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I have two classes, Foo and Bar. Each Bar will contain many Foos. Foos can be in multiple Bars but each Foo can only be in a given Bar once. I have the following table structure:

CREATE TABLE `bar_foos` (
   PRIMARY KEY ( `bar_id` , `foo_id` )

This should work fine for my many-to-many relationship. My question is, if I want my code to be able to check to see if a Foo is in use by any Bars, I.E. to tell the user "This Foo cannot be deleted because it is in use by 5 Bars", does the PRIMARY KEY index help me with a query like

SELECT * FROM `bar_foos` WHERE `foo_id`=2


SELECT COUNT(*) FROM `bar_foos` WHERE `foo_id`=2

Or, do I need a separate index for the foo_id column alone?

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If it's a one-to-many relationship, why do you need a bar_foos table? Why not just use bar.foo_id (and have an index on that field as well)? –  Michael Kopinsky Dec 8 '10 at 23:11
"Foos can be in multiple Bars but each Foo can only be in a given Bar once." It's not a one-to-many relationship, it's a many-to-many with distinct combinations. –  Dan J Dec 8 '10 at 23:14
@Michael: @djacobson got on the nose, I can't do it that way –  Josh Dec 8 '10 at 23:24
Right. Foos and bars, being the generic widgets that they are, are easy to mis-conceptualize. One possible implementation of what you're describing could be course registration - Each course will contain many students. Students can be in multiple classes but each student can only be in a given class once. –  Michael Kopinsky Dec 8 '10 at 23:27
@Michael yes, sorry for using generic cutesy terms. The actual items are elements of a WYSIWYG program and I left it out to make it more generic. –  Josh Dec 8 '10 at 23:32

4 Answers 4

up vote 5 down vote accepted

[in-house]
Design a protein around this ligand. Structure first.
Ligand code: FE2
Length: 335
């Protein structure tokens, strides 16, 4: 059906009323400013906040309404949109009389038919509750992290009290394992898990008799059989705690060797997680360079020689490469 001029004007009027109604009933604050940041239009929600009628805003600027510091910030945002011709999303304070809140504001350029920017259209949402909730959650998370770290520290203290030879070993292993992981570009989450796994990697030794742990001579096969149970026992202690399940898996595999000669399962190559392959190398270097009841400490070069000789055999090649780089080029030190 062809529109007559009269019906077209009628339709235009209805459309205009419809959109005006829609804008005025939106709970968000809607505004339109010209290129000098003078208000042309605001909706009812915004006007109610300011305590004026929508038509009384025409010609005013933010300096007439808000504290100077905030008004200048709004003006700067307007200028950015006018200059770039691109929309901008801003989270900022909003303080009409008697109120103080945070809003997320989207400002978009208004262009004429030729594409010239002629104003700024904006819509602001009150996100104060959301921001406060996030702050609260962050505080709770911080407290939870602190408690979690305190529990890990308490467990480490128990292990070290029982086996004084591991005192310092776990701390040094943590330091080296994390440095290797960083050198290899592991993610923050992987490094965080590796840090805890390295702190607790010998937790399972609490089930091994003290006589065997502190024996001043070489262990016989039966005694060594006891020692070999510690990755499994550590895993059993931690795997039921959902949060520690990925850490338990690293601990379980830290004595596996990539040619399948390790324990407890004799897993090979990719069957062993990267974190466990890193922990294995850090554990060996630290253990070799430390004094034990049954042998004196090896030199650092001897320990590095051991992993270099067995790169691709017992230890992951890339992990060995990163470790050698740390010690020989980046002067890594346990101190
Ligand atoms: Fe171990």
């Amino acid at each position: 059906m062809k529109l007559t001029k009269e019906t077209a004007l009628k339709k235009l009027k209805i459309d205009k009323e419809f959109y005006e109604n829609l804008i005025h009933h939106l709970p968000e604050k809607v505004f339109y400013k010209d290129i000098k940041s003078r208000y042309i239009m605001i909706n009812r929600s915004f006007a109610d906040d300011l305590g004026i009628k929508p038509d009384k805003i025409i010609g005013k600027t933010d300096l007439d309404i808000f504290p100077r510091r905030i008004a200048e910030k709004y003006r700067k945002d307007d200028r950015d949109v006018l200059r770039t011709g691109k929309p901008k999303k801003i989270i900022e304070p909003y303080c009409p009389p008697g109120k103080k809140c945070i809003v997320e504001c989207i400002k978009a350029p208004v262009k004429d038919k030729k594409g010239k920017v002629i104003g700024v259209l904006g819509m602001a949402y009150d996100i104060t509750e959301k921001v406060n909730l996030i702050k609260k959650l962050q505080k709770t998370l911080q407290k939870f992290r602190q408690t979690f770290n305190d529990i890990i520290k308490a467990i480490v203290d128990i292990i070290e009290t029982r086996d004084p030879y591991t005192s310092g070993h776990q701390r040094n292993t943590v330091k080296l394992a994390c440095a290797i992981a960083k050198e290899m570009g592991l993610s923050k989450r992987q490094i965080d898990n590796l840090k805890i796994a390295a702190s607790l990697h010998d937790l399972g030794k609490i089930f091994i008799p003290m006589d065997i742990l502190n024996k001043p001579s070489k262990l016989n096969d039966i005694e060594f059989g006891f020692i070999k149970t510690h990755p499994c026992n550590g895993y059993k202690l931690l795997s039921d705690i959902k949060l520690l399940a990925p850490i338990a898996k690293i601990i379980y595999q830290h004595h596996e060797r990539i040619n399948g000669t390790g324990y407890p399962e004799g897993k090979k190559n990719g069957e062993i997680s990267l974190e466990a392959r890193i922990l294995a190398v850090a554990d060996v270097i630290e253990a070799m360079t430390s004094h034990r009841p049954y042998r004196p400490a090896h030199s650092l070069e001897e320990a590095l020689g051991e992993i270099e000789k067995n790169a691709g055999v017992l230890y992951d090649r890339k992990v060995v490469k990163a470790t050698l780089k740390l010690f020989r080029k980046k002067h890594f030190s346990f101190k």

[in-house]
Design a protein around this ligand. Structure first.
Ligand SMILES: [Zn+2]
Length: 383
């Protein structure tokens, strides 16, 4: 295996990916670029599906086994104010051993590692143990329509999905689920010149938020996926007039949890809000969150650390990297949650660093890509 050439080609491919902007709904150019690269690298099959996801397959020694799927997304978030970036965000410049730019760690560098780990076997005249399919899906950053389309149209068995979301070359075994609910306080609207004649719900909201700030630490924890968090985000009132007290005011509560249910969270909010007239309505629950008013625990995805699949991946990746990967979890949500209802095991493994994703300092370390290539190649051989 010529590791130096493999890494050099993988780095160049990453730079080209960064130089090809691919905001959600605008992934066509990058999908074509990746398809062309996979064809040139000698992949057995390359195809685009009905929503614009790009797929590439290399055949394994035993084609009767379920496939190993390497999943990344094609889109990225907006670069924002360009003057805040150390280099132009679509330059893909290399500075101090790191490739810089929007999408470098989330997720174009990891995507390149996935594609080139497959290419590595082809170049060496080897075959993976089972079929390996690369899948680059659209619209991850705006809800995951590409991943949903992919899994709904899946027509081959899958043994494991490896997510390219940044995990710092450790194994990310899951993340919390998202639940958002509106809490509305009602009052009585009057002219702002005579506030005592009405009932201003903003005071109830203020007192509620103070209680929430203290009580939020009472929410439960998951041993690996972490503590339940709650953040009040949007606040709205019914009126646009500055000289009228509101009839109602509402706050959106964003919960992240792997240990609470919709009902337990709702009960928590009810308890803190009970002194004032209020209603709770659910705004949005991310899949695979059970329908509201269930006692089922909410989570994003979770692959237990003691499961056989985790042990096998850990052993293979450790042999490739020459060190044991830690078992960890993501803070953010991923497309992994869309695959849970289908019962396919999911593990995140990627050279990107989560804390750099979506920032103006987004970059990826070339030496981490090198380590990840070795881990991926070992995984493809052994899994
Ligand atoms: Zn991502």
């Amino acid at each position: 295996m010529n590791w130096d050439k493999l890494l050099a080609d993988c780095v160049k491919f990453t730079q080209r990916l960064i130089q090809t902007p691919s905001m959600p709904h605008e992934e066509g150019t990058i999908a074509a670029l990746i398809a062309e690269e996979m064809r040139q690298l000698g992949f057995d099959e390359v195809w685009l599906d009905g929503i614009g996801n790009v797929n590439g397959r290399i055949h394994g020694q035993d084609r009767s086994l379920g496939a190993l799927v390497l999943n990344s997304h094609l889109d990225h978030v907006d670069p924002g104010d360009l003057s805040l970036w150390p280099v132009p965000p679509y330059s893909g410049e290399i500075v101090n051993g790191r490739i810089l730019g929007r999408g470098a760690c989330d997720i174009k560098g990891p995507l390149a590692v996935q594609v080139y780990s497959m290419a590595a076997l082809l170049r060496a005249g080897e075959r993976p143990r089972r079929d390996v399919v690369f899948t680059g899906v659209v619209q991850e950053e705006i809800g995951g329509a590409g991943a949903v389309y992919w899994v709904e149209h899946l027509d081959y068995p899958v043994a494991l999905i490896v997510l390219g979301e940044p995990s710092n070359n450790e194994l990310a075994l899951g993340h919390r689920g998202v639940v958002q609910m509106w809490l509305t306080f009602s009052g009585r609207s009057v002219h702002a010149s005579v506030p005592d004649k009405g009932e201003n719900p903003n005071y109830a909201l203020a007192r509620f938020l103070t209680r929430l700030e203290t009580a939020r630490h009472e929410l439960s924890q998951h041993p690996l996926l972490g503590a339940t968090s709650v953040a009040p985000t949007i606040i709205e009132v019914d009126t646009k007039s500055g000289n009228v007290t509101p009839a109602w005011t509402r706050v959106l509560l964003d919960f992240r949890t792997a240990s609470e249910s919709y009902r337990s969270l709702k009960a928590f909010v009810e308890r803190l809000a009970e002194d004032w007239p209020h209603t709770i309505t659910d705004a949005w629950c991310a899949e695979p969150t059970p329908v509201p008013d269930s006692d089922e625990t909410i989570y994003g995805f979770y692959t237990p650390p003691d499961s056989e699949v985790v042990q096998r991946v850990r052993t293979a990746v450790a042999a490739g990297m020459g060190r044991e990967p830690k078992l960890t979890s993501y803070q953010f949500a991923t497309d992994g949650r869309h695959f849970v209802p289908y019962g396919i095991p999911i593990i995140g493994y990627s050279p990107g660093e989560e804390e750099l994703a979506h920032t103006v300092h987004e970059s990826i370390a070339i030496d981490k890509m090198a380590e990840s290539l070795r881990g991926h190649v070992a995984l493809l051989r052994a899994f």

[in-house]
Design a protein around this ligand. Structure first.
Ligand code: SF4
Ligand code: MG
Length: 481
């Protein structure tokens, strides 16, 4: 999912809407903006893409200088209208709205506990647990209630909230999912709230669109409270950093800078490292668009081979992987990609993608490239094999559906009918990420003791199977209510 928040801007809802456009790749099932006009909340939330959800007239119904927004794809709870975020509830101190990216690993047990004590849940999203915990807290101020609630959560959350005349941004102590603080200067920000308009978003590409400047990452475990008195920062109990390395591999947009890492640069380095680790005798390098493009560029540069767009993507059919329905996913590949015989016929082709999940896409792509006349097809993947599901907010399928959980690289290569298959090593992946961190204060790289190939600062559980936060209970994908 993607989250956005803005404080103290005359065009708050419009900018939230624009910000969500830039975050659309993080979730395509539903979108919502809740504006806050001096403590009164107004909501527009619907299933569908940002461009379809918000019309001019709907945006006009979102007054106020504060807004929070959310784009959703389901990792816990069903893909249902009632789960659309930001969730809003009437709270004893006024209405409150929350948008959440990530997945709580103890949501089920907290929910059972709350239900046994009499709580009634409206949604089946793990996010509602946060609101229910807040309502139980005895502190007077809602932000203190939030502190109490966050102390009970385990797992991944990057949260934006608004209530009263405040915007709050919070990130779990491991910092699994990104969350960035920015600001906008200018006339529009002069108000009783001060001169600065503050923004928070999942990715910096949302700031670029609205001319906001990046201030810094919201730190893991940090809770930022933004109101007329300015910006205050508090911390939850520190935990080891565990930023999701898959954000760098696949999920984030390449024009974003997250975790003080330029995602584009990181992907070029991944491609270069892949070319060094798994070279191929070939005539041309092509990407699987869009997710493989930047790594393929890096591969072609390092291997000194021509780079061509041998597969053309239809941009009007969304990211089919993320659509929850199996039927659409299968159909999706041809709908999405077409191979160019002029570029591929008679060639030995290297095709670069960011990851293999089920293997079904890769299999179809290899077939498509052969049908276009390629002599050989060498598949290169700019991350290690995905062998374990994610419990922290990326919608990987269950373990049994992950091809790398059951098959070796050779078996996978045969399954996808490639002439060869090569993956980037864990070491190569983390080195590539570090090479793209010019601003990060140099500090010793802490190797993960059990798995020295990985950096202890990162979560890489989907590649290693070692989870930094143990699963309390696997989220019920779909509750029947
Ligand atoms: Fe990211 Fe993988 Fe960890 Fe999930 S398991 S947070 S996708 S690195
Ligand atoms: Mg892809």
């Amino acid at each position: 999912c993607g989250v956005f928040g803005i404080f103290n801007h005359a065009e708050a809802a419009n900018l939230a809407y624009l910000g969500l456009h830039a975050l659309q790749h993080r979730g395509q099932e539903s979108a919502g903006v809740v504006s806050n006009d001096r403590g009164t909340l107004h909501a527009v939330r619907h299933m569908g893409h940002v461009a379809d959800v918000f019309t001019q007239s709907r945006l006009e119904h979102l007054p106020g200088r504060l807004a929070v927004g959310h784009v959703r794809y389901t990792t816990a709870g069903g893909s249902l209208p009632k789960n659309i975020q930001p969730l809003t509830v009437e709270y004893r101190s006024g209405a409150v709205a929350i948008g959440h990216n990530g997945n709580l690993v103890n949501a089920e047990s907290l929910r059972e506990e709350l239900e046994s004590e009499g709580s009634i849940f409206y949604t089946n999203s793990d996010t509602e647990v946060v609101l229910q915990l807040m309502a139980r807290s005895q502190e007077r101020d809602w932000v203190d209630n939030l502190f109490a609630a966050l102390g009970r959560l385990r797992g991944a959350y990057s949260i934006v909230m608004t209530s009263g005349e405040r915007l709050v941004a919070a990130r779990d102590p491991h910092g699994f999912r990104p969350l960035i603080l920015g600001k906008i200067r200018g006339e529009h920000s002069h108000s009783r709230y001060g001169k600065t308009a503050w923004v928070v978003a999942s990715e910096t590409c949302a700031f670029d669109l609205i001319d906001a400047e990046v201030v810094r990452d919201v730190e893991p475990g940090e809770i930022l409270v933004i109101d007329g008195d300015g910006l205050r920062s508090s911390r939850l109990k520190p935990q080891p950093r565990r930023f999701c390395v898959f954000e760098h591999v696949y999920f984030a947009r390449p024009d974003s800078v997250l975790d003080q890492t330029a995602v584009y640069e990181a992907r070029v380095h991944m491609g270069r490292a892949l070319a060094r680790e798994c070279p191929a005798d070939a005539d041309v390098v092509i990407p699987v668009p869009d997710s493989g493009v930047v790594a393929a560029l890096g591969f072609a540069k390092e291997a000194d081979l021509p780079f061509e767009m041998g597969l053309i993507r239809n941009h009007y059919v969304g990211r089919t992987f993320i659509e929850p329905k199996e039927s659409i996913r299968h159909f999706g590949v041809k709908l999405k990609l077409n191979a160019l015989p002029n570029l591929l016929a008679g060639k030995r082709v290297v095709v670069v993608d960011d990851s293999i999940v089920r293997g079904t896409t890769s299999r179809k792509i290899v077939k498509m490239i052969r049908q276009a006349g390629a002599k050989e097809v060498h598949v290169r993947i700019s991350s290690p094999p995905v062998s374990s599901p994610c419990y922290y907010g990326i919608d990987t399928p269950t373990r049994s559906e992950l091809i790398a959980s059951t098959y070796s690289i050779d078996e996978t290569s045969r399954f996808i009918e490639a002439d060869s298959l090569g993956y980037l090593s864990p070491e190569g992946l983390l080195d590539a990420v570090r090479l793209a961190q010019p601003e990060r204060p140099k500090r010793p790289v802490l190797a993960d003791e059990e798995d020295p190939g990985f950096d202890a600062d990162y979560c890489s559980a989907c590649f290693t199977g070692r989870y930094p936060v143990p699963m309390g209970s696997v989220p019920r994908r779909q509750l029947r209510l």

"If the table has a multiple-column index, any leftmost prefix of the index can be used by the optimizer to find rows. For example, if you have a three-column index on (col1, col2, col3), you have indexed search capabilities on (col1), (col1, col2), and (col1, col2, col3).

MySQL cannot use an index if the columns do not form a leftmost prefix of the index."

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So he needs to reverse his index strategy? –  jcolebrand Dec 8 '10 at 23:11
For that particular query, he'd need another index with foo_id as the only or leftmost column –  Dan Grossman Dec 8 '10 at 23:15

Imagine if you were searching a phone book where there is an index on last names with a secondary index on the first name. (And this is realy how it is.)

  • good - where last_name = 'Smith' and first_name = 'John'
  • good - where last_name = 'Smith'
  • bad - where first_name = 'John'

'John's can appear on any page in the phone book so it does not narrow it down.

So if you want to use index on first names you would have to 'print a new phone book that ordered names by first name. Or, in a database, create a new index with first names as the first column index.

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In a word, No.

On a partial key search, it would only help if the partials are in the order they are in the index. So, if the key were a three part key and you searched on parts 1 & 2, but not 3, it would help. If you searched on parts 2 & 3, it would not.

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No. Helps on the first or on both.

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Even if it's PRIMARY? –  Josh Dec 8 '10 at 23:10
PRIMARY is just a unique index. The only reason it has a special name is that some storage engines (e.g. InnoDB) order data on disk by one of the indexes. –  Dan Grossman Dec 8 '10 at 23:11

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